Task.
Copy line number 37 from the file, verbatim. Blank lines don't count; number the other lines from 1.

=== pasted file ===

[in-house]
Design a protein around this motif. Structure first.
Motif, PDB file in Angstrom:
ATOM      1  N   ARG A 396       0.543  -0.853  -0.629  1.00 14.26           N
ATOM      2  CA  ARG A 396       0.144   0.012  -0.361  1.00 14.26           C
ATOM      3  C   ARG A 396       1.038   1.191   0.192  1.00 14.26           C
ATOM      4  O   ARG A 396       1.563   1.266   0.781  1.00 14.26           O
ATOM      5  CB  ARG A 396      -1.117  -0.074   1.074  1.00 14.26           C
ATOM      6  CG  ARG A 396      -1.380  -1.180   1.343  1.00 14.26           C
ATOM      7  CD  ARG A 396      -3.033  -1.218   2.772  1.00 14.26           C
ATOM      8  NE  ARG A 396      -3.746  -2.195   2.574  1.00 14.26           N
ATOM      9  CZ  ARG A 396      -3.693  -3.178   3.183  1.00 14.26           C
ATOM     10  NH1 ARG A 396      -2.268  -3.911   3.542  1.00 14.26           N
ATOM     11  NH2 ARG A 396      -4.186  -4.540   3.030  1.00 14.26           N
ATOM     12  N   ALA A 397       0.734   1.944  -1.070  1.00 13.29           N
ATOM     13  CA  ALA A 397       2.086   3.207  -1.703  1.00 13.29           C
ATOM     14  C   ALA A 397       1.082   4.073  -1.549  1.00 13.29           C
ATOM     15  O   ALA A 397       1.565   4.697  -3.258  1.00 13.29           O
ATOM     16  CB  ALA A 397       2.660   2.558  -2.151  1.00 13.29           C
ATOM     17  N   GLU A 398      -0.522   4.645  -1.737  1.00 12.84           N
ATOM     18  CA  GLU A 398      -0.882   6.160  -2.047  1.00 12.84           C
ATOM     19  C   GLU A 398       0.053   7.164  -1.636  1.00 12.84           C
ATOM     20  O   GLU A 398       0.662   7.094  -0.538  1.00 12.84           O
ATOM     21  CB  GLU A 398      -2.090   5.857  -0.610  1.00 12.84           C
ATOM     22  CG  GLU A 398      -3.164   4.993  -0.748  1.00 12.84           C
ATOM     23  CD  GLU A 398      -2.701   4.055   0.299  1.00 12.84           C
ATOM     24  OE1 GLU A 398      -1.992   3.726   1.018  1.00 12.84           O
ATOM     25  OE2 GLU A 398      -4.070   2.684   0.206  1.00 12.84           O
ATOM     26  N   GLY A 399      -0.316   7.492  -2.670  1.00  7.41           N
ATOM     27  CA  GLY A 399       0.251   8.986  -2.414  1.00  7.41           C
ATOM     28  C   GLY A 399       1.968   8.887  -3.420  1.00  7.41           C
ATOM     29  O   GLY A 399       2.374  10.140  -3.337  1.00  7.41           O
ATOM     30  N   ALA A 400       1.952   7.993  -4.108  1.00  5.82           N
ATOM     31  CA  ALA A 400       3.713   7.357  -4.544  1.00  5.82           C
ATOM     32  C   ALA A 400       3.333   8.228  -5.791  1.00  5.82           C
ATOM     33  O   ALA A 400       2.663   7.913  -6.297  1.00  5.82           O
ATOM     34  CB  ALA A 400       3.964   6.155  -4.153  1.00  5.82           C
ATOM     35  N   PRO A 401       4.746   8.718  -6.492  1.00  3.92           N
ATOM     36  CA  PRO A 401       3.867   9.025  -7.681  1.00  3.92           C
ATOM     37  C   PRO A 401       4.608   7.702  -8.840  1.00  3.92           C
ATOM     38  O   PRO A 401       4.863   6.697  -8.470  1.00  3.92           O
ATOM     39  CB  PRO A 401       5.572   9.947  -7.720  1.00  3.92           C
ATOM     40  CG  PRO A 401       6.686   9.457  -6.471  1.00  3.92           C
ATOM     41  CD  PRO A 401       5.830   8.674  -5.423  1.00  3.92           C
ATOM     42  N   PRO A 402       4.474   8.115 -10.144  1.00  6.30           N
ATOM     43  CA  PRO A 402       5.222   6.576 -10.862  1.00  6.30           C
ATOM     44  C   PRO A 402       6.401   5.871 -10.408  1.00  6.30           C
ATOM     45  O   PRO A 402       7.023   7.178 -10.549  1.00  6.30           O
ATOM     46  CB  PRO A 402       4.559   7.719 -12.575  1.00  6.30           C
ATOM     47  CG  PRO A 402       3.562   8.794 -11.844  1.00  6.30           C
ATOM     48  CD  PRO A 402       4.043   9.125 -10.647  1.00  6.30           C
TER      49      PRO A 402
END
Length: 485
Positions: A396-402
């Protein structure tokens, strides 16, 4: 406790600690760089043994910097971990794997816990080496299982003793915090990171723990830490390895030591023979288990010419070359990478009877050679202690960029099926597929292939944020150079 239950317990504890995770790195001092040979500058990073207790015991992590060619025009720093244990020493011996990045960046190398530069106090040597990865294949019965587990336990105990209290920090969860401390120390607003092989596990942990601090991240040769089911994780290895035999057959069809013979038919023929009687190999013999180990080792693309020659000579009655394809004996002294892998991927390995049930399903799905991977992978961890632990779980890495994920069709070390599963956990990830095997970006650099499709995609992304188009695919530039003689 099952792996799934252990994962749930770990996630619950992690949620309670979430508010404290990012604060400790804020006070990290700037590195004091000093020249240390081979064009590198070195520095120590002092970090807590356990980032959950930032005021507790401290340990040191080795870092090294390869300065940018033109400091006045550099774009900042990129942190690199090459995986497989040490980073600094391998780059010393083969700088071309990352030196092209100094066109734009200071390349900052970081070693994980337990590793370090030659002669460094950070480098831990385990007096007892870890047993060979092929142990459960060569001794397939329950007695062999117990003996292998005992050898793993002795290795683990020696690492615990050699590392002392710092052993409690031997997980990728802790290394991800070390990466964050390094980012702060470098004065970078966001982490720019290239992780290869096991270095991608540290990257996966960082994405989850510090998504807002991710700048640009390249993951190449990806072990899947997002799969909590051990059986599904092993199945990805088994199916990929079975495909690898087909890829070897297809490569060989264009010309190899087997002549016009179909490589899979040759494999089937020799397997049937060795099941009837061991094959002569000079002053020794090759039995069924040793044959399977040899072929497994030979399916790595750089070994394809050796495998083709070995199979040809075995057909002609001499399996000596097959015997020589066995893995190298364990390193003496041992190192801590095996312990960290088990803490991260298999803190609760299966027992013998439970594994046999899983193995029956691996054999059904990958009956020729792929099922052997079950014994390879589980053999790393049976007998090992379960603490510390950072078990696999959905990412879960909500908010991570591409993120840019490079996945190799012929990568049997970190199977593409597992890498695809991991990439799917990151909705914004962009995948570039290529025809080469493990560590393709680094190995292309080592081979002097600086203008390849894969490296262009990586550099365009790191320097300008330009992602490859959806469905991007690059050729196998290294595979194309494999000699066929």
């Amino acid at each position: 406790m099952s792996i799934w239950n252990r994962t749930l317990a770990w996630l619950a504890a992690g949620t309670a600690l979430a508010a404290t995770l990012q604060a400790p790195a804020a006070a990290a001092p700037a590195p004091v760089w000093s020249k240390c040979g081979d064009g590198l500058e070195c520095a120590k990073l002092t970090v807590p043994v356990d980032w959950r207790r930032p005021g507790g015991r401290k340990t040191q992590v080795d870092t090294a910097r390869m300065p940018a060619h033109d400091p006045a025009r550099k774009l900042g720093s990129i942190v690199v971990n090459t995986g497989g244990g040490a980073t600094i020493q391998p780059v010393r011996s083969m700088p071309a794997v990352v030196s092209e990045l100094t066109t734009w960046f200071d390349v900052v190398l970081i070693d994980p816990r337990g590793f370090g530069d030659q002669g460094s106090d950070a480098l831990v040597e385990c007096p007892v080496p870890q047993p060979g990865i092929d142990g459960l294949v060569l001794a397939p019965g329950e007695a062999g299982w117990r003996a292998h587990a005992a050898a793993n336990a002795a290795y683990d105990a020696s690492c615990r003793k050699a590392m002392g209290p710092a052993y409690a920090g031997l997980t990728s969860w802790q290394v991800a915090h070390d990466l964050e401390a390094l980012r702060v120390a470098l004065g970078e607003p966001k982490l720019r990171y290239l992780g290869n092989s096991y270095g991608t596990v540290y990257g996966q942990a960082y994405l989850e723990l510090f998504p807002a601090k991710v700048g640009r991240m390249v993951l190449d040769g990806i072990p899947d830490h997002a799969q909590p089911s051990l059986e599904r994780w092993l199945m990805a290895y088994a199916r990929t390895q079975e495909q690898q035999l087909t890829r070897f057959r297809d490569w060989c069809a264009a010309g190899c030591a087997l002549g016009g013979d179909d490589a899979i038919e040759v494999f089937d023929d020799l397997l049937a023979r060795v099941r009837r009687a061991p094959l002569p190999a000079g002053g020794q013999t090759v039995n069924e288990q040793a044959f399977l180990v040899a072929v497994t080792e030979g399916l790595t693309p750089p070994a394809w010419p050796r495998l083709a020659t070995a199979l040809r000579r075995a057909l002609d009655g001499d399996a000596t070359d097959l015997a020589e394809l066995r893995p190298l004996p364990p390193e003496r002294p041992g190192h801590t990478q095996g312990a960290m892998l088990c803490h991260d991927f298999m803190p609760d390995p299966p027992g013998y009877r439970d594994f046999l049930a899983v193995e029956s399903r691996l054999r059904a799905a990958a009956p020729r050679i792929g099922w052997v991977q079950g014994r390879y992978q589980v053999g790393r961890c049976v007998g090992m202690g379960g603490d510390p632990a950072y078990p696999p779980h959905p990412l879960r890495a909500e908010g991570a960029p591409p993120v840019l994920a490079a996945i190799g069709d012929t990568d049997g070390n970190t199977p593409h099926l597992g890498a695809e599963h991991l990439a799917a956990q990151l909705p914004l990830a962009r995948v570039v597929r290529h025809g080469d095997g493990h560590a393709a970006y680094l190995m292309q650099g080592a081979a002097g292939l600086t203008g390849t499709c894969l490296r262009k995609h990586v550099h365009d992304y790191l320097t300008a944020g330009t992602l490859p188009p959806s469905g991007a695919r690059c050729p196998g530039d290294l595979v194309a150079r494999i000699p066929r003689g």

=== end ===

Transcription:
ATOM     34  CB  ALA A 400       3.964   6.155  -4.153  1.00  5.82           C